LONDON (AFP) - A leading human rights group has called China one of the world's most reckless arms exporters with one billion dollars in annual trade fuelling violence in countries like Sudan, Nepal and Myanmar.
"China is fast emerging as one of the world's biggest, most secretive and irresponsible arms exporters," Amnesty International said in a press release to accompany a report Sunday on the global arms trade.
The report accused China of helping to sustain brutal conflicts, criminal violence and other grave rights violations around the world, and indicated the possible involvement of Western companies in making some of the weapons.
"China describes its approach to arms export licensing as 'cautious and responsible', yet the reality couldn't be further from the truth," said Helen Hughes, Amnesty International's arms control researcher.
"China is the only major arms exporting power that has not signed up to any multilateral agreements with criteria to prevent arms exports likely to be used for serious human rights violations," she said in the press release.
The report said that China's highly secretive arms exports were estimated to be worth more than one billion dollars a year.
"As a major arms exporter and a permanent member of the UN Security Council, it is high time that the Chinese authorities live up to their obligations under international law," said Hughes.
"They must introduce effective laws and regulations banning all arms transfers that could be used for serious human rights violations or breaches in international humanitarian law."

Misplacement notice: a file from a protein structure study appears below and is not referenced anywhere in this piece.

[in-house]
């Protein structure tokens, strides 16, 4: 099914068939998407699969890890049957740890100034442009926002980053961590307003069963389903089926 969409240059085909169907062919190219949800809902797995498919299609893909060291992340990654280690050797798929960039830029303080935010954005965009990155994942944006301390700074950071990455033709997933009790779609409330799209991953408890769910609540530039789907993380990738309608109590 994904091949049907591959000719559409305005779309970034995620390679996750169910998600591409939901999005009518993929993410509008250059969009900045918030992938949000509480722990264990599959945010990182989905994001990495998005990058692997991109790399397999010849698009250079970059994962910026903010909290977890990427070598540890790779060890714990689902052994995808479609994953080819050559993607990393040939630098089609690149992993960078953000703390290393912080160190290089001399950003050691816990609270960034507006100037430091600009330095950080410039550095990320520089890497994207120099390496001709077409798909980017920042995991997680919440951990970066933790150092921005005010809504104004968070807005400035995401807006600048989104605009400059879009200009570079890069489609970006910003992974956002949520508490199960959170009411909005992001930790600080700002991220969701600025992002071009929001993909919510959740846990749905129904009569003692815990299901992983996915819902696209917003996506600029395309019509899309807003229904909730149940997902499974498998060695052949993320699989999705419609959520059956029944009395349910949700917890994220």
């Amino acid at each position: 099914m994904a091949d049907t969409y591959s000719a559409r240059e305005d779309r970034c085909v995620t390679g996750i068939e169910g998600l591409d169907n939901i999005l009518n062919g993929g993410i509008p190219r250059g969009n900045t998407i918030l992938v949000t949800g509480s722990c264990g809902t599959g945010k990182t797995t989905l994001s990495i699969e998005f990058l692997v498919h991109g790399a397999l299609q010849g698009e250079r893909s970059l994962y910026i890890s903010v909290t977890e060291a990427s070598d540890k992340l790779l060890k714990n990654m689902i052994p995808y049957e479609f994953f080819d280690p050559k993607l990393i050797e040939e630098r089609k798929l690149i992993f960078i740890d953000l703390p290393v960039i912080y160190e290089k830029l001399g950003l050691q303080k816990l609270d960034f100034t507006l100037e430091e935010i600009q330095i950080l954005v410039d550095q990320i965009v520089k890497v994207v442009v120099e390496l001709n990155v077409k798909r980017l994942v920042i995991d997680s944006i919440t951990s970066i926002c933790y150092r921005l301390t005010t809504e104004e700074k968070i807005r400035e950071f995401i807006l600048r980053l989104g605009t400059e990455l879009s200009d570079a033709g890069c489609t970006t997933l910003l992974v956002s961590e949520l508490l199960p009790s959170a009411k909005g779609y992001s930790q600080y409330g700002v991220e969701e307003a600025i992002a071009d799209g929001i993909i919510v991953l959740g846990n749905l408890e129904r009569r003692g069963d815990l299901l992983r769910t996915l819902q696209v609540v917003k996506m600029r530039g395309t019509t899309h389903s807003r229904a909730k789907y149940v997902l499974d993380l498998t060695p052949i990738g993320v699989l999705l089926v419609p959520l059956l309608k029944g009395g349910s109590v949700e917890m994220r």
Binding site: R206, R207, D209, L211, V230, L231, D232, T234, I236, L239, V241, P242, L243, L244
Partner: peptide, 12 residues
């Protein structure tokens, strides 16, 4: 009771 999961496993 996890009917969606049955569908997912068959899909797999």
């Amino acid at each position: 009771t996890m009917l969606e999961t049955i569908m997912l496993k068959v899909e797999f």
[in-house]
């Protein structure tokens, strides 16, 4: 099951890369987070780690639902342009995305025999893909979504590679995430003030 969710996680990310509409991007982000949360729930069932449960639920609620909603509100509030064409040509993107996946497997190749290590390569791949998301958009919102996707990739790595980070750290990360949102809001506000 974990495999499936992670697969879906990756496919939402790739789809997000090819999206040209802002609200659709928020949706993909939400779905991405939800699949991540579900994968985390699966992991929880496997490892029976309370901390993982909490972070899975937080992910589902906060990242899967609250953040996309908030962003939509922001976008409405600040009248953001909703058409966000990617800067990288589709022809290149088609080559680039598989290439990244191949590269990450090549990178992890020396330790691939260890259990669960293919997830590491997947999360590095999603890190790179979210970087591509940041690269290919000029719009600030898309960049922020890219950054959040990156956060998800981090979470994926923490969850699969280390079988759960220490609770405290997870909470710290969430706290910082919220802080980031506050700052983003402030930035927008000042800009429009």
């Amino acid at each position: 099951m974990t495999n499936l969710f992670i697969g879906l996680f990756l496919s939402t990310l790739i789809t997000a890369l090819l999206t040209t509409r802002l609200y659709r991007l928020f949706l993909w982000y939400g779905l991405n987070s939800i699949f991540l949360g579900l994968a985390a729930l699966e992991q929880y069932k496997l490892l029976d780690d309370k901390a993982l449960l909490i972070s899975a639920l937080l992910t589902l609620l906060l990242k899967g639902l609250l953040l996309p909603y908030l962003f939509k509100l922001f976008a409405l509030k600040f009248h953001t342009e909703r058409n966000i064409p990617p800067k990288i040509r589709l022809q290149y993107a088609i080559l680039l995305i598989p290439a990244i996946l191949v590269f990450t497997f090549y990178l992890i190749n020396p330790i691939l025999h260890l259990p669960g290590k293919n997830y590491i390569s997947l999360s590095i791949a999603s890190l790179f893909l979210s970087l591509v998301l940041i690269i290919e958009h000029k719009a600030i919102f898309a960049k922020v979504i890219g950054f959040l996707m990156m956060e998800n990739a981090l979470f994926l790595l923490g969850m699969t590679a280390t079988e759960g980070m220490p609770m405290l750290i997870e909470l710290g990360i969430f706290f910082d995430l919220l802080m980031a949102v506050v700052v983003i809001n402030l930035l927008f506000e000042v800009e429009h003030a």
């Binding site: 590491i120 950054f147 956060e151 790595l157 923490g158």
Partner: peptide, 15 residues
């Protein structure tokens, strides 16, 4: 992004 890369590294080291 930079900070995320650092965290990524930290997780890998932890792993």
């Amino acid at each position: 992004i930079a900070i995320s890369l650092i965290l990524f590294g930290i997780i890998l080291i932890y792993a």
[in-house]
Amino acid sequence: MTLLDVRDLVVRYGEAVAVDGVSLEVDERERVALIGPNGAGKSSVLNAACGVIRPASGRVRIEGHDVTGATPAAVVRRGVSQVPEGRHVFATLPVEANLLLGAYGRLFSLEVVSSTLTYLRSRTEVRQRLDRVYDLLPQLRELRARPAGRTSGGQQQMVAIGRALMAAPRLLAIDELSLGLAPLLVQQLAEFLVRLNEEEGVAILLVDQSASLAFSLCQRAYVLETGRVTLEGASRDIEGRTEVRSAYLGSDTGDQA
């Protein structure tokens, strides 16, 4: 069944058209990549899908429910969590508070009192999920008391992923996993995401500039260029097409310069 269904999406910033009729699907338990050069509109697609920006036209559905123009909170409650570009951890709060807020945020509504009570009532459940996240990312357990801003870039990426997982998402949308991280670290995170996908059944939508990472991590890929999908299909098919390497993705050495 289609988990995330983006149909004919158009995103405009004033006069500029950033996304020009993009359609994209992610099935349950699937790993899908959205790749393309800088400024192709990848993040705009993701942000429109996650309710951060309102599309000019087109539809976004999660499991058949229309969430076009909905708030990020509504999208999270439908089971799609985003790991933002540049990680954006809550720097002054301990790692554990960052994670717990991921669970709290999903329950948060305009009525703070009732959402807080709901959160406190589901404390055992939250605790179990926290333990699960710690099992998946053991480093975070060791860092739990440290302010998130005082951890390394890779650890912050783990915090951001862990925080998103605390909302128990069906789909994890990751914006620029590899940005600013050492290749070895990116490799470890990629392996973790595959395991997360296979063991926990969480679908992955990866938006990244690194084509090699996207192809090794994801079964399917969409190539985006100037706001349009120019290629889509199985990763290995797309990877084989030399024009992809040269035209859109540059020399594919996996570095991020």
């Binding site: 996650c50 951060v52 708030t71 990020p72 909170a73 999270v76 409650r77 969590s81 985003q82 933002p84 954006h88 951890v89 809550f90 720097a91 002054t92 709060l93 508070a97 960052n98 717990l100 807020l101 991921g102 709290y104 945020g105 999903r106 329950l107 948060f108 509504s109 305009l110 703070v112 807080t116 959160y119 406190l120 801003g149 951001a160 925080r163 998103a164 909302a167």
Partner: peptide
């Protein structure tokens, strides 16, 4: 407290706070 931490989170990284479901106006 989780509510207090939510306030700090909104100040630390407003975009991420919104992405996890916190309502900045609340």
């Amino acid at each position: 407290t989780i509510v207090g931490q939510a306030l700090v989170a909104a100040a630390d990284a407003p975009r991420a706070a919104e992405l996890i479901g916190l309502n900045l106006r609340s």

Recent deals brought to light by Amnesty included the sale of more than 200 Chinese military trucks to Sudan in August 2005 which it says were normally fitted with US Cummins diesel engines.
The United States has an embargo on the sale of weapons to both China and Sudan, where similar vehicles are used for the killing and abduction of civilians in the troubled region of Darfur, Amnesty said.
Civil war and a humanitarian crisis in Darfur have left 180,000 to 300,000 people dead and 2.4 million people displaced since February 2003.
The report cited "regular Chinese military shipments to Myanmar," including 400 military trucks sent in August 2005 despite "the torture, killing and forced eviction of hundreds of thousands of civilians."
China's deals with Nepal in 2005 and 2006 included the sale of 25,000 Chinese-made rifles and 18,000 grenades at a time when the government was brutally repressing civilian demonstrators, it said.
The report, entitled "China: Sustaining conflict and human rights abuses," also mentions a burgeoning market in Chinese-made pistols to Australia, Malaysia, Thailand and particularly South Africa.
China rejected the allegations in the Amnesty report on Monday, with assistant foreign minister Li Hui giving some brief comments.
"I can't agree to this," Li said when asked about the report at a briefing on a summit this week of the Shanghai Cooperation Organization (SCO), a regional grouping.
"China and the other SCO member nations strictly follow the relevant international conventions and we live up to our obligations to international bodies and treaties," he said
The Chinese foreign ministry did not respond to requests for a more detailed reaction to the report.